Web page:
In FIG. 2 the shaft 2 of the tie rod 1 in FIG. 1 is shown. The connecting section 3 has an external thread and it is located rearwardly in the insertion direction into the anchorage. As can be noted in FIG. 2, the anchoring section 4 has a section 41 with a smaller diameter than the remainder of the anchoring section and the cones 7 can be slipped onto it. The ratio of the outside diameter of a transition section 42 between the cone section 41 and the connecting region 3 is in the range of about 1.2 to about 1.5 with the cone section. The lesser diameter of the section 41 of the anchoring section 4 has a cross section which deviates from the circular. As an example, an axially extending flat surface 9 is formed along the axial length of the section 41 from the right hand end of the transition section up to the leading first end 5 of the shaft 2. The axially extending flat surface 9 of the section 41 of the anchoring section 4, having the smaller diameter, affords an interlocking action preventing twisting of the cones 7 slipped on and assists the mortar composition to flow within the borehole.
In FIG. 3 a cone 7 is shown. The cone 7 has a conical shape with a borehole 10 having a flat surface corresponding to the axially extending flat surface 9 in the anchoring section, note FIG. 2. By these interengaging means, the cone 7 is slipped onto the anchoring section 41 and is fixed in the circumferential direction by the interlocking relationship. The axial displacability of the cone 7 along the anchoring section is not affected. The flat surface 8 on the outer periphery of the cone 7 prevents twisting of the tie rod in the borehole filled with the mortar composition. The flat surfaces 8 on the outer periphery of the cones 7 can be arranged in any convenient manner.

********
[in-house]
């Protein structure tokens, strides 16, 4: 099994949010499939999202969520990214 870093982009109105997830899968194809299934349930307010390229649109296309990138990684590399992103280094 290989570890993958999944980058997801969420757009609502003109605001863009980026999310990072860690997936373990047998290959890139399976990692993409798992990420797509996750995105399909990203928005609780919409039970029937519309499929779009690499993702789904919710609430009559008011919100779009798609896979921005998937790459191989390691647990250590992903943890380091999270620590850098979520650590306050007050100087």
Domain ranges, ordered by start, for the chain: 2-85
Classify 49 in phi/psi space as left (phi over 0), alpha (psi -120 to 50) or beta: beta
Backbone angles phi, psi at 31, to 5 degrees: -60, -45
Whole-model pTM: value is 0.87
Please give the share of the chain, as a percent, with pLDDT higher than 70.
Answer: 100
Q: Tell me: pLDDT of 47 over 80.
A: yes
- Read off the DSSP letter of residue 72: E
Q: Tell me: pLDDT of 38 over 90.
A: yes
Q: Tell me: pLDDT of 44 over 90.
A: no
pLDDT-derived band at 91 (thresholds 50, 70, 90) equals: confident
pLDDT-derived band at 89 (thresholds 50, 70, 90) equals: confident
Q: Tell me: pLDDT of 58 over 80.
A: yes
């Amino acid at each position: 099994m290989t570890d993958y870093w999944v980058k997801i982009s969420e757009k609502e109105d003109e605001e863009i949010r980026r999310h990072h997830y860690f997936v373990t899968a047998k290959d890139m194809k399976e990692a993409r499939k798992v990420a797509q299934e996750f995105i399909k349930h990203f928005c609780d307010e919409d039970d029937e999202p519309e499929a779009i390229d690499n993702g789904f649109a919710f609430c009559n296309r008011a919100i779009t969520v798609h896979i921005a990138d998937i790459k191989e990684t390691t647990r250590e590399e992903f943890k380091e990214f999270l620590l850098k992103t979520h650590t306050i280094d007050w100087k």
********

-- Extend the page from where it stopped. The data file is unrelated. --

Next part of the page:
Another example of a tie rod 11 embodying the present invention is illustrated in FIG. 4. Only the anchoring section of the tie rod 11 is shown, partially in section, and has a first end cone 16 at the leading first end 15 followed by axially displaceable second cones 17. The flat surfaces 18 on the outer periphery of the second cones 17 prevent twisting of the tie rod 11. Due to the interlocking action, the second cones 17 and the first end cone 16 are prevented from rotating relative to the anchoring section 14. Accordingly, the anchoring section 14 has an axially extending flat surface 19 interacting with the corresponding boreholes 20 of the second cones 17 and the first end cone 16. Elastic intermediate elements 40 are positioned between the second cones 17 and are formed as sleeve shaped plastic parts. The intermediate elements 40 form the boundary of and control the axial displacability of the cones 17.
In FIG. 5 an axially extending perspective side view displays a slightly modified shaft 22. The connecting section 23 has an external thread. The anchoring section 24 has a section 241 for the cones, not shown, and has a reduced outer diameter. The transition section 242 is located between the reduced diameter section 241 and the connecting section 243. The cross section of the reduced diameter section 241 is different from a circular shape and, as shown, is elliptical. It is self evident that the corresponding boreholes of the cone and, optionally, of the first end cone, have an elliptical shape.
In FIG. 6 another embodiment of a tie rod in accordance with the present invention is illustrated and has a shaft 32 with an axially extending connecting section 33 provided with an external thread, and an adjoining axially extending anchoring section 34. The anchoring section 34 is divided into a transition section 342 and a reduced diameter section 341 for receiving cones. The reduced diameter section 341 of the anchoring section 34 has the shape of a hexagon. The borehole of the cones and optionally also of the first end cone also have a hexagonal cross section whereby the cones and the first end cone can be slipped onto the anchoring section 34. The interlocking action of the hexagonal cross section of the anchoring section 34 with the internal hexagons of the boreholes of the cones or of the first end cone prevents twisting.
What is claimed as new and desired to be protected by letters patent is set forth in the appended claims: